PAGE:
Benefits Of Flying With Tach Time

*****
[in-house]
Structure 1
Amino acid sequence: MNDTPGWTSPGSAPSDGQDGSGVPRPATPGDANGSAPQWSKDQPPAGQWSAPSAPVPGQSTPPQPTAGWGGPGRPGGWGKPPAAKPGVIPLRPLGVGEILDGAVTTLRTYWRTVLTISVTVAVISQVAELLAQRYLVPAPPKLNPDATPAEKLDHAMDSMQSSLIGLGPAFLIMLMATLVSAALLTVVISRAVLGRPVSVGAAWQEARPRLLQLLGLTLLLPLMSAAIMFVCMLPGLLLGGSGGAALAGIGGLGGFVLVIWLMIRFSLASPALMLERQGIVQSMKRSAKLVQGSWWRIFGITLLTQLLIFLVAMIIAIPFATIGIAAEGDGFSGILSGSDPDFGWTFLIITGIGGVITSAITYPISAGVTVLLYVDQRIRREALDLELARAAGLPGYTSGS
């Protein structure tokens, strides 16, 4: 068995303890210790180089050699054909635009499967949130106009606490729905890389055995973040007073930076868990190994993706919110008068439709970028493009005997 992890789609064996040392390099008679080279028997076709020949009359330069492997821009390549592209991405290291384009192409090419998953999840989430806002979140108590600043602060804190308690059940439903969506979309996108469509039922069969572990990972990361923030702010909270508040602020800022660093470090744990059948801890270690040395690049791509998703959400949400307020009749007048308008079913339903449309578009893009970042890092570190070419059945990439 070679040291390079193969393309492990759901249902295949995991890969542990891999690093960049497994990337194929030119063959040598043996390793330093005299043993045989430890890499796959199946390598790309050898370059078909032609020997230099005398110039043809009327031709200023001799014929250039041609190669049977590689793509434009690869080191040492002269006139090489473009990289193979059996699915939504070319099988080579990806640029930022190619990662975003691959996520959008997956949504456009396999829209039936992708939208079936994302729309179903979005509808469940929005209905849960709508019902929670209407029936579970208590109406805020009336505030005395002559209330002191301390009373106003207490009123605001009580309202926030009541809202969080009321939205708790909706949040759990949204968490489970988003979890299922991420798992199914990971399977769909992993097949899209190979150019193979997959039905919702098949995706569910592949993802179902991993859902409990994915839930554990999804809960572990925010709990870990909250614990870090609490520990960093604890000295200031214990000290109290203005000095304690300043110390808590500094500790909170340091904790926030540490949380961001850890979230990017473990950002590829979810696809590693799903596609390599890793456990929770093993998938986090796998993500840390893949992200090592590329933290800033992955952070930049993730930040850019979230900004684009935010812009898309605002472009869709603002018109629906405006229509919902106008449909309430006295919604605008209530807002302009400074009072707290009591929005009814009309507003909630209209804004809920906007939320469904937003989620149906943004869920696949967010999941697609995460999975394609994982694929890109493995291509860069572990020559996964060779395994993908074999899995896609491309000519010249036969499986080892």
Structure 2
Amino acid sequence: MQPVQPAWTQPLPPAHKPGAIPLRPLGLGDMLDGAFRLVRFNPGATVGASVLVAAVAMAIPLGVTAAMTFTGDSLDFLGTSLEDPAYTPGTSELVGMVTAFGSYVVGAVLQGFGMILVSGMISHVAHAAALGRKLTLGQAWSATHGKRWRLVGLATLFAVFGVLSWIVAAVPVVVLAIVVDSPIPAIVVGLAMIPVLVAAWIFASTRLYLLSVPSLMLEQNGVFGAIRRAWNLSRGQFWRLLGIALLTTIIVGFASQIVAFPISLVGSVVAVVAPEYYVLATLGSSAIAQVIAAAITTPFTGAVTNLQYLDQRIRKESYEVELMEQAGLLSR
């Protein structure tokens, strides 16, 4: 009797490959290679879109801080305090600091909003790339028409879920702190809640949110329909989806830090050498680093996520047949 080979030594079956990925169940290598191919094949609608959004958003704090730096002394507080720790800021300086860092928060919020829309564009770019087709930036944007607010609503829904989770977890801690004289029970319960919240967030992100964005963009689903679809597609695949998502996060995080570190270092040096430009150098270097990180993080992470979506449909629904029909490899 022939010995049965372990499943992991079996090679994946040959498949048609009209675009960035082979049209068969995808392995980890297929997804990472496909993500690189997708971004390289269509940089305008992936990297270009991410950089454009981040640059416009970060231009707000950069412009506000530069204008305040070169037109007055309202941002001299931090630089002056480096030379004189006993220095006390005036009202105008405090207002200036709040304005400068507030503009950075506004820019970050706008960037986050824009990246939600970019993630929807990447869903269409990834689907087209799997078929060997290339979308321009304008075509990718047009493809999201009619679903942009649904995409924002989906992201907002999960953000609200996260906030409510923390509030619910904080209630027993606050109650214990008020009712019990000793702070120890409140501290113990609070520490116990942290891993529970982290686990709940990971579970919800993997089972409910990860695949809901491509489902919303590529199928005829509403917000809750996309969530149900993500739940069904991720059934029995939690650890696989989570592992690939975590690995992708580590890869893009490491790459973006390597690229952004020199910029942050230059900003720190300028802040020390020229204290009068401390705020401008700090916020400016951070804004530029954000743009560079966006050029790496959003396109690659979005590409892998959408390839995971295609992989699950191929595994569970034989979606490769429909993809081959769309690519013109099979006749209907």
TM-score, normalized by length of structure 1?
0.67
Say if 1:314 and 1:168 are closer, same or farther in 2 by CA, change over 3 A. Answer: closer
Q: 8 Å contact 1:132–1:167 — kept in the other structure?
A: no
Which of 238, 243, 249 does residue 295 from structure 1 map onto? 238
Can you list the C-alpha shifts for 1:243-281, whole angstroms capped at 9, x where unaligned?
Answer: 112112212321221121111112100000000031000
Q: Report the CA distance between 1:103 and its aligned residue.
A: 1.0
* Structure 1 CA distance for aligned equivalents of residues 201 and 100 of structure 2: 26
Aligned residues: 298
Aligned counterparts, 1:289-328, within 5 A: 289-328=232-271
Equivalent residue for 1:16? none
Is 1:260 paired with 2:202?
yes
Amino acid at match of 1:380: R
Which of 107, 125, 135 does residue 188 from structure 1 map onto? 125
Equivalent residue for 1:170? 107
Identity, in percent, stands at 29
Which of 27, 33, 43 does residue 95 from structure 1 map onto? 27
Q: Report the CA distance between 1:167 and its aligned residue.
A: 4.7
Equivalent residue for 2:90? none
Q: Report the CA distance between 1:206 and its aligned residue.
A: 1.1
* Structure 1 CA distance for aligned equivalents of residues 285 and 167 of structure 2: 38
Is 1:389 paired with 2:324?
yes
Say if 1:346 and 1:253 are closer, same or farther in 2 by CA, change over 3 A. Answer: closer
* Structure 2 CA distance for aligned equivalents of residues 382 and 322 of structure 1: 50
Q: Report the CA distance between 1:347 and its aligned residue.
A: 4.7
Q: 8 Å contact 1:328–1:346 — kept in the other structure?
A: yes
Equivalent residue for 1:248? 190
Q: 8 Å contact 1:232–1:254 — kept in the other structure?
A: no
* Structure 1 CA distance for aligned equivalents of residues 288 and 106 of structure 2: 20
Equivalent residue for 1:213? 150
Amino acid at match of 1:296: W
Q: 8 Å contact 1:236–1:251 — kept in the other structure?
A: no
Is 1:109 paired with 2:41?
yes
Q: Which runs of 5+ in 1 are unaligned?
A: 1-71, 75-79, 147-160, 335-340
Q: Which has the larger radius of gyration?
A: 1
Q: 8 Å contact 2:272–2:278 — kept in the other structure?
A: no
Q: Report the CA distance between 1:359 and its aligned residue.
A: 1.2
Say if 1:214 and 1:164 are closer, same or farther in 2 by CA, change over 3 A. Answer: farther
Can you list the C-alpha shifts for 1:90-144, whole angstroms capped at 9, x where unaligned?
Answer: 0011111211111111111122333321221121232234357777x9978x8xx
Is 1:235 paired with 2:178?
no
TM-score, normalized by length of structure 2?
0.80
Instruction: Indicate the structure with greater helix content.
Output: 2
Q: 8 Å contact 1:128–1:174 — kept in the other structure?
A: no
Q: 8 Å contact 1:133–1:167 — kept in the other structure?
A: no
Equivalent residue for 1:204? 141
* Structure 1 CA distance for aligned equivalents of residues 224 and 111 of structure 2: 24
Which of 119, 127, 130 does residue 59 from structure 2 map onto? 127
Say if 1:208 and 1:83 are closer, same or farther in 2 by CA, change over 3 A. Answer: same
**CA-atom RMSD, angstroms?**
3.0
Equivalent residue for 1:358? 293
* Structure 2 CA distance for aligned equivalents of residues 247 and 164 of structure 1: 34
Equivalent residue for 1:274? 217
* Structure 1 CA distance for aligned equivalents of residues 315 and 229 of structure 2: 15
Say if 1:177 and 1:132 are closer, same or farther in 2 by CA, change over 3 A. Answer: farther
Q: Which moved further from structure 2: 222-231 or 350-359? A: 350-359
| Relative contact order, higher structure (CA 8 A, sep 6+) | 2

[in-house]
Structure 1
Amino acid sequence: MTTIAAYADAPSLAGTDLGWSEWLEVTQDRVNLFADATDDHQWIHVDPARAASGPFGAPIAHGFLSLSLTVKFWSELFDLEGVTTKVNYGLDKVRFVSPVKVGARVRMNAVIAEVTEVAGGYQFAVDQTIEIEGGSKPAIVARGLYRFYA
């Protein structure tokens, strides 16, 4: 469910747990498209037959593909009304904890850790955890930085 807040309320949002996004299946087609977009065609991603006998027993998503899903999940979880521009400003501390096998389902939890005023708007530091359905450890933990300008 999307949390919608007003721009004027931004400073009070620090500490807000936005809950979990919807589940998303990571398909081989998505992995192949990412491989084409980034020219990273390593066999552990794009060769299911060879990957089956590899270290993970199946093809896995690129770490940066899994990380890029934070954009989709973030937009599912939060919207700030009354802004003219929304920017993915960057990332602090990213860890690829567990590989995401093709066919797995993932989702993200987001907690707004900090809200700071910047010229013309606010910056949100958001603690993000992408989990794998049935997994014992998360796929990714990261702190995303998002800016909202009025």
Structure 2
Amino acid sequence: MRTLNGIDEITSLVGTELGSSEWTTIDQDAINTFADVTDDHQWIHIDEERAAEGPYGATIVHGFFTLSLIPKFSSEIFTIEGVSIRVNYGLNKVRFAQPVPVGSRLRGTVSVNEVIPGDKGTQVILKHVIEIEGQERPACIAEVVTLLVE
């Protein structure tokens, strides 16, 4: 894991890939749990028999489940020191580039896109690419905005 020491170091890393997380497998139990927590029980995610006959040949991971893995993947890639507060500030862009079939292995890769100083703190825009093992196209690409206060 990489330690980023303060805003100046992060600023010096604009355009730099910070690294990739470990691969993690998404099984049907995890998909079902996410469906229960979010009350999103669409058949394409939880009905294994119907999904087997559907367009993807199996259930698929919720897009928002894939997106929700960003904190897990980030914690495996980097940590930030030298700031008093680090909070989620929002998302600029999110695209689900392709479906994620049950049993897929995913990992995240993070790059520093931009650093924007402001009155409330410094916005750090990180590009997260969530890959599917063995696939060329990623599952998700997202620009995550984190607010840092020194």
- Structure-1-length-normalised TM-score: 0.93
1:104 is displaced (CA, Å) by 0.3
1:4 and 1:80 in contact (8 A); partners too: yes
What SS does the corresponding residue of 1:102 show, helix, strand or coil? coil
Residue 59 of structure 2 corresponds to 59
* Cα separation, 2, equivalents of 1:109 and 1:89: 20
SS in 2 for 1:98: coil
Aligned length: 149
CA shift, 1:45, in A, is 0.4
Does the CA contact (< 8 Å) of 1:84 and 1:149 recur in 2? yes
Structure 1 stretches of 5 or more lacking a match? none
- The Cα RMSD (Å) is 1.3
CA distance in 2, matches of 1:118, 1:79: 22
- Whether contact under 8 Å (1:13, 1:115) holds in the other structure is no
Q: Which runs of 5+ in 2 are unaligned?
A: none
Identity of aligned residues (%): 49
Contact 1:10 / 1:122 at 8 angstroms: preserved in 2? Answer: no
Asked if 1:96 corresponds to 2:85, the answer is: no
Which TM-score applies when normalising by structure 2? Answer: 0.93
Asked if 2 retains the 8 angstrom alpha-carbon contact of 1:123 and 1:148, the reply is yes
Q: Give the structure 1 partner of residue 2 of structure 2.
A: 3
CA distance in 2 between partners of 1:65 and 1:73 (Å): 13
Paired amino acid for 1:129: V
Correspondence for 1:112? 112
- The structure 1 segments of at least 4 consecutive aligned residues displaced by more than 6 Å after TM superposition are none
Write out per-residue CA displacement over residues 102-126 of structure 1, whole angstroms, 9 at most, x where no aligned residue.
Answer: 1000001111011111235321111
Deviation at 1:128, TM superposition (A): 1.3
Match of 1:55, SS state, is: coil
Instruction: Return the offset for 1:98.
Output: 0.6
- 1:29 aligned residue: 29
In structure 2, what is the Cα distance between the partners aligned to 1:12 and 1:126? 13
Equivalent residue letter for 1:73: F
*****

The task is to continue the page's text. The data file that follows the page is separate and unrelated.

When you use the 184 Flying Club's plane, your flying hours are billed using tachometer time. What does this mean? There are two main methods of tracking a plane's usage: the tachometer and the hobbs meter. The hobbs meter usually starts and stops with the engine, and counts hours in real time -- much like a taxi cab's meter.The tach also starts and stops with the engine, and measures to the 1/10th of an "hour". However, the tach runs proportional to the engine RPM - it runs pretty close to "true" time when you are in cruise. But at low power settings (pattern work, taxi, etc) it runs slower. Therefore, depending on the type of flying you are doing, the tach time might be about 20% less than what a Hobbs meter would give you. When you fly with other clubs or flight school, you will see that tach time is recorded as well as Hobbs, and you can see this difference. However, you pay for Hobbs. Aircraft maintenance is based on tach time (thats why its recorded also), and fuel consumption is also more proportional to tach time, so many feel it is more "honest" way to measure time. One hour of touch and goes will cost one hour of lying time on the hobbs while it might 40 minutes of the tach. In the long run, you save thousands of dollars. Generally, flight schools and other for-profit organizations all charge by Hobbs. Clubs, non-profit ones anyway, pretty much all measure time by the tach. Below is a graph showing how quickly you start saving money flying on tach time vs flying with an average FBO or other club. It takes less than 10 hours before the savings equal the cost of the initiation fee!